AddThis Sharing ButtonsShare to FacebookFacebookShare to TwitterTwitterShare to MoreAddThisA smokey situation in Alpena, reminds us of the saying “better safe than sorry”.Today Alpena City Firefighters responded to an incident on 114 East Dunbar street, where a possible fire was reported.“A local contractor was doing some work on this house, uh painting, and they were using a heat gun and uh with the heat some of the paint was setting on fire and they thought it got possibly into the attic and there was smoke,” said Lieutenant Andy Marceau of alpena city fire department.Although the contractor was unsure of the severity of the situation, Lt. Marceau says they did the right thing by calling the fire department.“It was more for precaution they were doing…being on the safe side. Obviously a contractor any time they’re doing work and they have smoke or using round heat they should take precaution,” said Lieutenant Marceau.Firefighters used thermal imaging cameras in the attic area to determine if there was any heat. They also checked the roof for any indication of a fire extension. It took less than half an hour to deem the area as safe. As we’re getting into warmer temperatures and doing some housework, Lt. Marceau advises that we use precaution, such as having fire extinguishers or water nearby, and to never hesitate to call the fire department because… Better safe than sorry! AddThis Sharing ButtonsShare to FacebookFacebookShare to TwitterTwitterShare to MoreAddThisContinue ReadingPrevious Remembering Tom ScanlanNext MSP Celebrates 100th Anniversary with Open House
Hearts of Oak coach Kenichi Yatsuhashi says he has seen massive improvement in the team as he prepares for the upcoming Ghana Premier League season.The Japanese-American became a major talking point following his appointment as head coach of Hearts two months ago with many doubting his credentials.Keni, who has so far won two pre-season games, in an exclusive chat with Joy Sports noted that things are getting better at the club. “My job is to improve the players we have and that is exactly what i have been doing since I came,” he said.“I can say that since I joined I have seen massive improvement in the team, I am working on every aspect but the biggest changes so far is their focus level, seriousness and discipline. In these areas they have improved massively.”The league is tentatively slated to begin on December 20.– Follow Joy Sports on Twitter: @Joy997FM. Our hashtag is #JoySports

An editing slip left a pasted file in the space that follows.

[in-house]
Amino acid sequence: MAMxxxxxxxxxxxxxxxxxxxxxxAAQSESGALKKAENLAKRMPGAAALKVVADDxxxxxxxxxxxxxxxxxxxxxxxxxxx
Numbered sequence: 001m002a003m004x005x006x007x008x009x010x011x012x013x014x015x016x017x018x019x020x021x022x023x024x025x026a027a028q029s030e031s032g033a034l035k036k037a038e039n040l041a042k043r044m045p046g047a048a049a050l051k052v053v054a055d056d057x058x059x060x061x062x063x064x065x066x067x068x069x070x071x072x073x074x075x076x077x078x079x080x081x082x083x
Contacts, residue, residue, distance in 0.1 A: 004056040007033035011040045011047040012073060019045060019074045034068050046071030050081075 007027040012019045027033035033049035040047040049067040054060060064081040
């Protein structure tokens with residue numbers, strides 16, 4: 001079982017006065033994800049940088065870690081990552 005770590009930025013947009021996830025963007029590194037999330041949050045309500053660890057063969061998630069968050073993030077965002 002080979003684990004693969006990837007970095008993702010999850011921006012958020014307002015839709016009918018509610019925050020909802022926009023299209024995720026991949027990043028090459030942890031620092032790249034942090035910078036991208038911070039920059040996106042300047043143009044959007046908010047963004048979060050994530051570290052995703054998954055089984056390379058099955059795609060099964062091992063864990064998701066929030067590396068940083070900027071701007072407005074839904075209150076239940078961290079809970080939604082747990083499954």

At 41 and a veteran of professional mixed martial arts for 15-plus years, Lyoto Machida still loves to train. Every single aspect of it: from packing his gym bag to making the trek to his next session and putting in the actual work.“I enjoy every single moment of the journey,” Machida told Sporting News during Wednesday’s media day for Bellator 222, where he’ll face fellow MMA veteran Chael Sonnen in the co-headlining event at Madison Square Garden on Friday, live on DAZN. In addition to his fondness of training, Machida also fuels his fighting career with another passion: cooking.The former UFC champion first fell in love with cooking while suspended 18 months — from April 2016 to October 2017 — after admitting he used a banned substance in a drug test administered by the United States Anti-Doping Agency (USADA).Join DAZN and watch Bellator 222 on June 14“When I stayed out of fighting for almost two years, I tried to find something that I could enjoy more than my training,” Machida said. “I think it’s a way that I found to get involved more with my kids. They love when I make sukiyaki — it’s a Japanese dish with vegetables and meat.”Over time, “The Dragon” has been able to pinpoint similarities between culinary arts and mixed martial arts, adding that the former aids his elusive, karate-based style and overall fighting in the twilight of his career. View this post on Instagram That said, Machida minces no words about what he expects if he gets his hand raised over Sonnen.“I want the belt,” Machida said, with his sights set on Bellator heavyweight and light heavyweight champion Ryan Bader, whom the Brazilian knocked out in the UFC back in August 2012. “I’m not here to play around. I’ve been saying that since I signed with Bellator.”With ambition like that, it’s a good thing Machida has the culinary skills to fuel his fighting fire. Hobby nada mais é que um passatempo, uma ação, uma atividade que lhe traz prazer e satisfação. Eu, por exemplo, gosto muito de cozinhar! Isso mesmo. Sempre faço algumas receitas e me divirto na cozinha. Para mim é algo prazeroso e não tenho dúvidas de que influencia na minha qualidade de vida e no meu humor. Você tem um hobby? Então ao fazê-lo com frequência, perceberá um aumento no bem-estar conforme a tensão do dia a dia reduz. Agora é a sua vez, conta pra mim nos comentários qual o seu hobby! #tbt A hobby is a pastime, an activity that brings your pleasure and satisfaction. For instance, I really like to cook! That’s right, I always cook up some recipes and have fun in the kitchen, it’s something that I enjoy and I’m sure that it has an influence on my quality of life and mood. Do you have a hobby? If you do it often, you will notice an increase in your well-being as the daily tensions will be reduced. Now it’s your turn, tell me about your hobbies in the comments!A post shared by Lyoto Machida (@lyotomachidafw) on Apr 18, 2019 at 8:01am PDT“When you cook, you kind of find yourself,” Machida says. “You have your own moments. You cut the onion, you cut the tomato, you do everything on your own and you feel more concentrated and focused in a different style.“When you train in martial arts, you’re already in this stage,” he continues. “But when you cook, it’s more peaceful and you could get the same aspects (as training).”MORE: Bellator 222: Rory MacDonald explains clarity he found to continue fighting career“More peaceful” is not how you would describe promoting and entering a fight with the ever-opinionated Sonnen. But Machida (25-8) hasn’t found Sonnen (31-16-1) to be the trash-talking, venom-spewing fighter he usually is entering scraps with past opponents.“He’s so quiet now,” Machida says. “I’m not sure why.”Perhaps it’s partly because Machida counts victories over MMA greats like Gegard Mousasi, Ryan Bader, Dan Henderson, Randy Couture, Rashad Evans and Tito Ortiz — to name a few.Machida has heard Sonnen say he wants to exact revenge on behalf of his Team Quest stablemates, Couture and Henderson — a motivational theme that “The American Gangster” continued running with on Wednesday.”I thought as a team, we got closer and closer, but that’s a tough puzzle to solve,” Sonnen told SN. “Machida’s got some very unique skills. He does stuff that other guys don’t do. If you’re one guy who runs through Team Quest, you’ve got quite the feather in your cap and he will deserve that … if he gets it done.”